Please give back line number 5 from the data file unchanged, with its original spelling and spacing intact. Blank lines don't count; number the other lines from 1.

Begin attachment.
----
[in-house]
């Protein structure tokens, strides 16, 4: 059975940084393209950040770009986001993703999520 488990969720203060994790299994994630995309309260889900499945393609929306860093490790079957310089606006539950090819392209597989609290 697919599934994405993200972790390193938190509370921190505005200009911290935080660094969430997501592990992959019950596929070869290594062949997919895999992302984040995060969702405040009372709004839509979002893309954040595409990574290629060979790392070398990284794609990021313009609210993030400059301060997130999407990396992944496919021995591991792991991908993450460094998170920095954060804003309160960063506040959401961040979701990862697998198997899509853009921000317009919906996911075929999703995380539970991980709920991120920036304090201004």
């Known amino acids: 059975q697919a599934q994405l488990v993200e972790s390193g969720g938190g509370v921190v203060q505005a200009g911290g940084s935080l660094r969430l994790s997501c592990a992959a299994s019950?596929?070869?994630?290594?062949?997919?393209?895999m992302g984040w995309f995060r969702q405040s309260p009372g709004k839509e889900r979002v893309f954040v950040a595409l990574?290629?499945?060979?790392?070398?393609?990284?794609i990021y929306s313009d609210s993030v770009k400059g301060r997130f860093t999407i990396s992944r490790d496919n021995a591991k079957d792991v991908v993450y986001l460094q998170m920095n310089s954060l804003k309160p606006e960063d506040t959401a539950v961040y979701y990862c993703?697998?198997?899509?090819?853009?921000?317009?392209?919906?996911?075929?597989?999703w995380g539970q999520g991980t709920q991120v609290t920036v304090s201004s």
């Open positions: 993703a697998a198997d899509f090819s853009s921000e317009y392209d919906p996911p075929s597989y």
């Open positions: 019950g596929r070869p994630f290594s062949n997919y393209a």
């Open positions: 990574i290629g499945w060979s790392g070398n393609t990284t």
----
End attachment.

């Open positions: 019950g596929r070869p994630f290594s062949n997919y393209a």